Review session

CAMPUS ISSUES: Many moments on campus were widely scrutinized this semester, but how will we choose to remember this fall?

An intentionally racist bake sale. Police officers jabbing batons against nonviolent student protesters. These images were some of the most iconic of fall 2011, but they should not be the ones that completely characterize this semester.

As we move into the spring, we cannot forget the progress that has been made and the potential for change that the successes of this past few months have demonstrated.

The semester began much the same as any other, with a less-memorable protest effort in September and threats of continued tuition hikes, but several key events later brought heightened attention — and scrutiny — to the campus. The Increase Diversity Bake Sale elicited doubt about the ability of the community to respect individuals’ unique views and sensitivities. The events of Nov. 9 cast a pall over the campus as many witnessed the police use of excessive force against protesters and condemned the administration’s response.

However, Nov. 9 was also a turning point. Protest efforts that day and afterward elicited widespread support and involvement from ASUC officials, high-profile professors and administrators. These events along with the bake sale ultimately spurred discourse and gave rise to honest conversations across campus. This is progress. Our campus now stands to build upon the dialogue that was ignited this semester.

The bake sale, for example, demonstrated that we can nonviolently express diverse views within the same space — in this case Upper Sproul Plaza. The event also enabled conversations on important topics like race, tolerance and affirmative action.

Additionally, our campus witnessed enormous student, staff and faculty presence on multiple days of action, including on Nov. 9 and a Nov. 15 speech by professor Robert Reich. The sheer numbers shifted away from the previous trend of dwindling participation in protests and bolstered confidence in future efforts.

The magnitude of these protests and the variety of people involved demonstrated how strong our campus can be when diverse members of the community unite under the same cause.

Even within highly criticized events, there was hope. Though condemnation of Nov. 9 police action was pervasive, various groups voiced their concerns about the day — students, professors, administrators and even the police officers themselves. For example, the open letter by the UC Berkeley Police Officers’ Association was a unique and important point of view to add to the spectrum of sentiments expressed following the events, especially in its call for others to put themselves in the officers’ shoes. What emerged from all of these voices were frank and honest perspectives.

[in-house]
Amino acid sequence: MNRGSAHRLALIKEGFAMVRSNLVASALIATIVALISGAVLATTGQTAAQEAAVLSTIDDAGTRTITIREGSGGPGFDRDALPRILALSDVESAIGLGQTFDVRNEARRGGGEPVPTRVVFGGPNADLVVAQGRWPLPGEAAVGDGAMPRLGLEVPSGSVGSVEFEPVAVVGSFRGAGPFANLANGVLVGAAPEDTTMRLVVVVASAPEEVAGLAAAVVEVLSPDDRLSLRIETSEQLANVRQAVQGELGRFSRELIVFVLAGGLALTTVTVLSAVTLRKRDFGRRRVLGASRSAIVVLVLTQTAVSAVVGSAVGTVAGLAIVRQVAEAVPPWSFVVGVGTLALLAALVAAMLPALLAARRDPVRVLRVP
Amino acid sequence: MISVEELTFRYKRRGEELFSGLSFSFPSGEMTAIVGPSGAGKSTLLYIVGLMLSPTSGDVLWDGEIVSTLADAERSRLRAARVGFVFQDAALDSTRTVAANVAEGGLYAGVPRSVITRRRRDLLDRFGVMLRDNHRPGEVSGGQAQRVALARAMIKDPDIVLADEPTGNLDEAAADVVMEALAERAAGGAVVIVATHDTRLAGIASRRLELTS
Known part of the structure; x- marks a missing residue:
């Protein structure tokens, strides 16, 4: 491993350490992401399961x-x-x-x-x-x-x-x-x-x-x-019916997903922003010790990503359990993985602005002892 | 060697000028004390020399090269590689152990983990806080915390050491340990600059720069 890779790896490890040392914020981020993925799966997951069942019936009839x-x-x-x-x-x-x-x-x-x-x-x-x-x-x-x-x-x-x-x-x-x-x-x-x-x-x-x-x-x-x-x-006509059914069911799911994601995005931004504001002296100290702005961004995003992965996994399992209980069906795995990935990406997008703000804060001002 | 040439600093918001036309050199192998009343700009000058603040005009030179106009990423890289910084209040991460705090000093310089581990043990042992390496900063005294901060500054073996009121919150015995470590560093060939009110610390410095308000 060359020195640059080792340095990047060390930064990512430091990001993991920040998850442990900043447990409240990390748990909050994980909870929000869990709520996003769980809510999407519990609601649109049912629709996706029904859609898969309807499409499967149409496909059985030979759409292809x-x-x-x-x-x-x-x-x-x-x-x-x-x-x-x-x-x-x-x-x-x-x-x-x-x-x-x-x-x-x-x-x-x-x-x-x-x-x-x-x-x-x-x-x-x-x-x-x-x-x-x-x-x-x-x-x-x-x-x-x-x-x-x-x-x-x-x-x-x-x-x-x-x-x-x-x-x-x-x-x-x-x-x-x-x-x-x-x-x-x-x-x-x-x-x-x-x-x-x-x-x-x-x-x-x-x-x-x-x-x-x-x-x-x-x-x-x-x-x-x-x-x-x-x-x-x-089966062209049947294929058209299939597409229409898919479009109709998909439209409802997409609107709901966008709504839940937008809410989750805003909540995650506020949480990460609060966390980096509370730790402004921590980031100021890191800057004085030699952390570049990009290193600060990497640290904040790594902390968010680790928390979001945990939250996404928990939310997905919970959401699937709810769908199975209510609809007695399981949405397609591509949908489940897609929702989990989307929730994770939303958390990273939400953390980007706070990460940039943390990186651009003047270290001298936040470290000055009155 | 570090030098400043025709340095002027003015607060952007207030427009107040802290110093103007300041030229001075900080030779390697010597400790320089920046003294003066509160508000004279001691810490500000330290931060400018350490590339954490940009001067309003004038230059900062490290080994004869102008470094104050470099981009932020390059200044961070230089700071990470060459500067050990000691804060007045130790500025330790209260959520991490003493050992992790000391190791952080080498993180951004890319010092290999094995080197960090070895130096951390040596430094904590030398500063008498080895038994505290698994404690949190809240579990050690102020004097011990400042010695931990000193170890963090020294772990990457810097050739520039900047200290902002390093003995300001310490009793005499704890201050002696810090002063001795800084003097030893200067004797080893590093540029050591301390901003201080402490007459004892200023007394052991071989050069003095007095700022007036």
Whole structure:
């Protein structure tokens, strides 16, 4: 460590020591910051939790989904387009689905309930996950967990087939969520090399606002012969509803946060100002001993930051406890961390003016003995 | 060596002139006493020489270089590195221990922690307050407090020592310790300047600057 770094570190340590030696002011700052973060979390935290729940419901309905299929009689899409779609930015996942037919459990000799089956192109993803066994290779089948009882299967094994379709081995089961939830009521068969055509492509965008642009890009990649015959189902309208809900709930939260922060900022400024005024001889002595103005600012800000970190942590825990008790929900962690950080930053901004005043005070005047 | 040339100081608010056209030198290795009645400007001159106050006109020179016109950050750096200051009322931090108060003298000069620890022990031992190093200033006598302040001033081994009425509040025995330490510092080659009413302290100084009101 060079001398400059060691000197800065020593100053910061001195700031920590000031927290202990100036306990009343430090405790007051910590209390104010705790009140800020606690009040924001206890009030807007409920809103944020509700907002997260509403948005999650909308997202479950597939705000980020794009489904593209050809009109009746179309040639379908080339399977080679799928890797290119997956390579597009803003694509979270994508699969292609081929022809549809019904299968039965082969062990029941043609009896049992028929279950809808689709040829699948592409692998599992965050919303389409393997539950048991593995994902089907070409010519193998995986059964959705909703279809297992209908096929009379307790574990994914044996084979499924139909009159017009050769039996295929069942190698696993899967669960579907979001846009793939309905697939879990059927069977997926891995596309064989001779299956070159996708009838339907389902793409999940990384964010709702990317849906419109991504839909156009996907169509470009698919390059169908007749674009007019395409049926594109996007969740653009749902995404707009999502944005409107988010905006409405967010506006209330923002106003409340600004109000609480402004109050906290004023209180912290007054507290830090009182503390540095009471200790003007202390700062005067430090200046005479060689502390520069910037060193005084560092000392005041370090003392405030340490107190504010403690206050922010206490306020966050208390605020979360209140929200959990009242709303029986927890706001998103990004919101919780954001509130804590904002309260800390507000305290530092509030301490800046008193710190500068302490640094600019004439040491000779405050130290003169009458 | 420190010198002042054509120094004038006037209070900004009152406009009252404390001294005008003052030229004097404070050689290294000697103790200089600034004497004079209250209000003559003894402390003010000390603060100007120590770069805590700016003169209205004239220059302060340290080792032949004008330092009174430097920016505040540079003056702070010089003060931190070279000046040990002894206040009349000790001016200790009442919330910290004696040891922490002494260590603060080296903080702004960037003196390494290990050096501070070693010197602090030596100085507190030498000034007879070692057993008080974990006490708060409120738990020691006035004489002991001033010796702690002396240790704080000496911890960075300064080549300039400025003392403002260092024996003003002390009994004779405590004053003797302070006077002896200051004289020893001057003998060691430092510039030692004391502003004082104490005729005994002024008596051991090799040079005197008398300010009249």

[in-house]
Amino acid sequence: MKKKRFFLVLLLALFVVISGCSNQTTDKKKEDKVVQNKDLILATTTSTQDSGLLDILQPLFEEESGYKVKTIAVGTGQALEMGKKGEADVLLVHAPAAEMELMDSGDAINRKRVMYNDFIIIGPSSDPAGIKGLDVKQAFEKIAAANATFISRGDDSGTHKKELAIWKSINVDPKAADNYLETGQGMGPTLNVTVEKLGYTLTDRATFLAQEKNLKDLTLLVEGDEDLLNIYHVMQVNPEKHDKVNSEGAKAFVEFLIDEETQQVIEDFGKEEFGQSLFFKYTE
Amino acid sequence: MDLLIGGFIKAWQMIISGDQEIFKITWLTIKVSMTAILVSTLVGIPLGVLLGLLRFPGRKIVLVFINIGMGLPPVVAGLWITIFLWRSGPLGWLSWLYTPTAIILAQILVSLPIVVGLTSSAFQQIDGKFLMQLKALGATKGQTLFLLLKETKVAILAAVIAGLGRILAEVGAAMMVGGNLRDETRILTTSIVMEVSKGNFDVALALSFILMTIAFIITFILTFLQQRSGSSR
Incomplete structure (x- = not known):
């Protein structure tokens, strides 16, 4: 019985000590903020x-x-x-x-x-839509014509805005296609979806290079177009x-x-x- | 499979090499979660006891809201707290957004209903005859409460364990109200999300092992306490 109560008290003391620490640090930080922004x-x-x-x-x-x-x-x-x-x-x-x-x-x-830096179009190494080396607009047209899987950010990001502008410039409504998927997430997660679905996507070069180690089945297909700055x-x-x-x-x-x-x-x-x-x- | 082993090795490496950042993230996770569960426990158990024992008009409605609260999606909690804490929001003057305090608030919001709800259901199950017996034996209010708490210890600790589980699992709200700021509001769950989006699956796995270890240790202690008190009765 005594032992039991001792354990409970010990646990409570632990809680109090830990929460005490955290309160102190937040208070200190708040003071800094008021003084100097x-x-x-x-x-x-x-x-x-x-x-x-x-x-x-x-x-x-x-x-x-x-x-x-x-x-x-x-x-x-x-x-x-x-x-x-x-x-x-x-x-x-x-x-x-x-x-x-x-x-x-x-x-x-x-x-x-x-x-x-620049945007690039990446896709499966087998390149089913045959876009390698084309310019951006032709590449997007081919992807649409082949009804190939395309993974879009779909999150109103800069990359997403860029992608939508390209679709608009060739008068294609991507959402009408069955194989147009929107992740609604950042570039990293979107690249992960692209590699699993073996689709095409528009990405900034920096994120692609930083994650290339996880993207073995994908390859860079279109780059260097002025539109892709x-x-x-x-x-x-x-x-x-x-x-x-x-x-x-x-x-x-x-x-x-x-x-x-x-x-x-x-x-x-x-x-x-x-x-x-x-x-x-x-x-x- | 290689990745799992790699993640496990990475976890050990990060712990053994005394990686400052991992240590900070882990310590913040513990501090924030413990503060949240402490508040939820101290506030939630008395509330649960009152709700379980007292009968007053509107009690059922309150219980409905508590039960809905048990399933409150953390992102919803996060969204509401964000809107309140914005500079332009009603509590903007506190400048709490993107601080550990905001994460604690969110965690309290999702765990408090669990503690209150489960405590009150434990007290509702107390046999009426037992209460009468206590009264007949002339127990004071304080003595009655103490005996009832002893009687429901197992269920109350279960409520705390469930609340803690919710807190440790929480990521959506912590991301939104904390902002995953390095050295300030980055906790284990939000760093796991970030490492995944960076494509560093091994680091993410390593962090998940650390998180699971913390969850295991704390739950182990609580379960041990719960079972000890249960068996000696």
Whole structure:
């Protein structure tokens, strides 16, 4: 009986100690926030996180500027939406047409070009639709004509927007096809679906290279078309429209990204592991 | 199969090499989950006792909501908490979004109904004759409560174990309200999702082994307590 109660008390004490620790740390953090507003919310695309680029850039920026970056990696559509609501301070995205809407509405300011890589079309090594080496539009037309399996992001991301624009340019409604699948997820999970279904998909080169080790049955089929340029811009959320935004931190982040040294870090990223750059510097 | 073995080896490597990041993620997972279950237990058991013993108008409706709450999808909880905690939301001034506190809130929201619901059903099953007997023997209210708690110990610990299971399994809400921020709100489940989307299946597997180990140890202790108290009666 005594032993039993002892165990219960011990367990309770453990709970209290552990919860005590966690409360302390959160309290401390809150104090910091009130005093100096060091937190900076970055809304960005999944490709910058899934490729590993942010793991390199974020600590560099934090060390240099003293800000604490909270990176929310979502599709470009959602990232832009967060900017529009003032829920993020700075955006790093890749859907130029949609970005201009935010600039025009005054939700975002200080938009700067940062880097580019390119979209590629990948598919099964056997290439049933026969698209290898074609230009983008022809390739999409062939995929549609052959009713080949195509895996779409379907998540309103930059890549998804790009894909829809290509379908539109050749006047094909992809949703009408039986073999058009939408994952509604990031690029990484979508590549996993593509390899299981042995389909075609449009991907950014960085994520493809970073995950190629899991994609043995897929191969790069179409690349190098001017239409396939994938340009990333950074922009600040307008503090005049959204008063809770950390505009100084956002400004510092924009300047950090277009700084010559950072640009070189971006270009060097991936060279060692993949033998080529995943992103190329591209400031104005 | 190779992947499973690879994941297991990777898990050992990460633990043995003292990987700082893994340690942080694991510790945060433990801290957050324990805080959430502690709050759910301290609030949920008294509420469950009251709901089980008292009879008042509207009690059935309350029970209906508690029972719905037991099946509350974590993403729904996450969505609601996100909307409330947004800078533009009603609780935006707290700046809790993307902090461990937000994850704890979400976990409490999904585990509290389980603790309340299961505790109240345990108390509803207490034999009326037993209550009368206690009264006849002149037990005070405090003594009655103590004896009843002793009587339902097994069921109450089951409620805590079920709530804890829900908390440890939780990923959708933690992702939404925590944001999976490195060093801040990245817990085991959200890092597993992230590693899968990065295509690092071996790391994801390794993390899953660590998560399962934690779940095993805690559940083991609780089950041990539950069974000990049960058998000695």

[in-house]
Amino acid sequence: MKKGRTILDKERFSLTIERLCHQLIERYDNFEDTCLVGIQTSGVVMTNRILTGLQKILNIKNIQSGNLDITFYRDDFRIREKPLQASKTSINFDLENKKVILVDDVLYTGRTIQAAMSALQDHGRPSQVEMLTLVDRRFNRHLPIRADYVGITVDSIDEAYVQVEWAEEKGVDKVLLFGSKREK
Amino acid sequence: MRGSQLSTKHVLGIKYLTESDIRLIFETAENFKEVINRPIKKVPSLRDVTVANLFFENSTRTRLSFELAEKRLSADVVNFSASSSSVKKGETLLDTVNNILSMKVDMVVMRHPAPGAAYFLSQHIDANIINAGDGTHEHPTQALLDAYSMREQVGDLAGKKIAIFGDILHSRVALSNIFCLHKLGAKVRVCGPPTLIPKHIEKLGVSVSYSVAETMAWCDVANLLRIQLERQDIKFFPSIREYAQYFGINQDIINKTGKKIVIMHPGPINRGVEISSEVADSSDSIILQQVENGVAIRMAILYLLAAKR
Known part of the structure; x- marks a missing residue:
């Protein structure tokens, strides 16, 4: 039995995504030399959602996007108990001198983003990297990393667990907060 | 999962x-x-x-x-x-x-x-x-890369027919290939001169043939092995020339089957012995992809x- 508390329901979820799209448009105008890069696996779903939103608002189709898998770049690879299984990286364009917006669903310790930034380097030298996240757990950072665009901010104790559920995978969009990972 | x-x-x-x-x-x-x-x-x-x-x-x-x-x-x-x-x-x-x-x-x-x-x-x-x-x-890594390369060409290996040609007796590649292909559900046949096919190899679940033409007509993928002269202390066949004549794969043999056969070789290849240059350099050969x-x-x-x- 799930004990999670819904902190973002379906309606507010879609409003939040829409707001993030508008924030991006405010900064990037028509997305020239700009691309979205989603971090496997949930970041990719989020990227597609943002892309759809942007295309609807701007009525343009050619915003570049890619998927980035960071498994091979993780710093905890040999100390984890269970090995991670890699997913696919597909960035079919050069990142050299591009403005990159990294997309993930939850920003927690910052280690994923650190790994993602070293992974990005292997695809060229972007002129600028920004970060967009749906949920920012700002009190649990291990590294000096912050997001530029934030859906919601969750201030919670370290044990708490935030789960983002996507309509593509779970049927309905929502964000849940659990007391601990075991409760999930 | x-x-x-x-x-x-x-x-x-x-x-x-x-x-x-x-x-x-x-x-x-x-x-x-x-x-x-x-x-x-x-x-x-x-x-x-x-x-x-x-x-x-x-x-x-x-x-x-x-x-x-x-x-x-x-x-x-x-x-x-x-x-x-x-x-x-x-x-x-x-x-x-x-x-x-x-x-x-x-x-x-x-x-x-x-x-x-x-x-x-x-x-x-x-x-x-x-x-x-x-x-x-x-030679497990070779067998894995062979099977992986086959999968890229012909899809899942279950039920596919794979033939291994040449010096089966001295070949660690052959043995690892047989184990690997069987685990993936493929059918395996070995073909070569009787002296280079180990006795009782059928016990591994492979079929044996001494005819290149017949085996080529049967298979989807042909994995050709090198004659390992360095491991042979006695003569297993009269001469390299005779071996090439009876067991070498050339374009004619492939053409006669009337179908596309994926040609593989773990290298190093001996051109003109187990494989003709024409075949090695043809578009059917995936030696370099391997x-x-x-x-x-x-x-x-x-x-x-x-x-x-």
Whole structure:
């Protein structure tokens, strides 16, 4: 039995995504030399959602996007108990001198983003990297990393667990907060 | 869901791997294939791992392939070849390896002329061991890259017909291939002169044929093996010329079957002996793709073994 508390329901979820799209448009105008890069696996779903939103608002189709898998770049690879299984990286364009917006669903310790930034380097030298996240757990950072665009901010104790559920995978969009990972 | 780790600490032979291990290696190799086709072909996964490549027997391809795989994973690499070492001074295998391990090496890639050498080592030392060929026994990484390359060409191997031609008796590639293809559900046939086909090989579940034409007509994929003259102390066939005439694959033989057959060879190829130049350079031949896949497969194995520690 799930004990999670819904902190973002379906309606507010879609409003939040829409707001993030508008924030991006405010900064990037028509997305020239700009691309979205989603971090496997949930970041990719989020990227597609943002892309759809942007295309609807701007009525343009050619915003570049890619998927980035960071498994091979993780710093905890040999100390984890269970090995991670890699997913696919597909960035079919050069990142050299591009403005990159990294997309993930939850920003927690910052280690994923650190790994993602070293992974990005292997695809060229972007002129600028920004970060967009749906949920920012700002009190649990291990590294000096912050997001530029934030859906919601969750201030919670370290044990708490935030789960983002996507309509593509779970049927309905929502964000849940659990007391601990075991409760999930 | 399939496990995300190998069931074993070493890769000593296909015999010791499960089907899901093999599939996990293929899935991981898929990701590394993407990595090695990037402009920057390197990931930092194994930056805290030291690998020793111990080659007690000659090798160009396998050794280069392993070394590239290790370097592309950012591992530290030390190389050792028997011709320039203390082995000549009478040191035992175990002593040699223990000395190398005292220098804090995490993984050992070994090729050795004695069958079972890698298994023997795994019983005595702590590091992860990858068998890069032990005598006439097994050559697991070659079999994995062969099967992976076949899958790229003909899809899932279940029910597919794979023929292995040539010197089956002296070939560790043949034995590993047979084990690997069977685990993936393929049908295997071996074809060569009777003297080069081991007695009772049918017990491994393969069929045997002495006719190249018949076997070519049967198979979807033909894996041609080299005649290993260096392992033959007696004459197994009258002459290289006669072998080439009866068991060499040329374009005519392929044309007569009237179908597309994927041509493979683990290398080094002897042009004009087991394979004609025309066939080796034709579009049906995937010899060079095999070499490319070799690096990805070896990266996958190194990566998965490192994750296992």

Though administrators’ policies and actions during and after that day revealed their disconnect from students and faculty members, a dialogue unfolded nonetheless. While Chancellor Robert Birgeneau stumbled through a succession of ill-timed and poorly-phrased emails regarding the harsh police actions on Nov. 9, he attended a campus division of the Academic Senate meeting Monday to speak openly and to apologize to roughly 300 faculty members. The senate ultimately voted on a resolution criticizing the administration, but Birgeneau’s presence demonstrated a willingness to engage with and to listen to the concerns of others on campus.

Without bringing these important issues and outlooks to light through such discourse, we will never achieve a genuine understanding of one another or advance as a community. Likewise, if we do not take the time to listen to each others’ perspectives, regardless of whether we agree or not, we will not be able to fully evaluate the events that have occurred in order to move on.

Our campus community must not lose the momentum that it has gained. On Tuesday, U.S. Education Secretary Arne Duncan called on education officials “to look ahead and start thinking more creatively — and with much greater urgency,” about containing the costs of education. This call to action is recognition of this critical time for higher education, and those working to advocate for our own university must not lose sight of this because of winter break or final exams. We encourage protesters and advocates to maintain their vigor and to not give up their efforts.

Still, as protesters continue to rally for improved conditions for the UC, we realize that some may feel discouraged due a lack of tangible results at the state level. Therefore, state legislators — not just education officials — should feel responsible for taking action. This week, State Senator Kevin de Leon dared Birgeneau to a “high noon challenge” and spoke to students as well as the chancellor. This effort was a first step, but the action was also quite adversarial because the challenge implied an us-versus-them attitude. State officials must extend a hand seeking collaboration in order to join efforts to save higher education.

We must remain active in pondering how our campus can continue to grow. After this semester, there is a stronger sense than before of the potential our community possesses to make positive change for higher education. This is our time.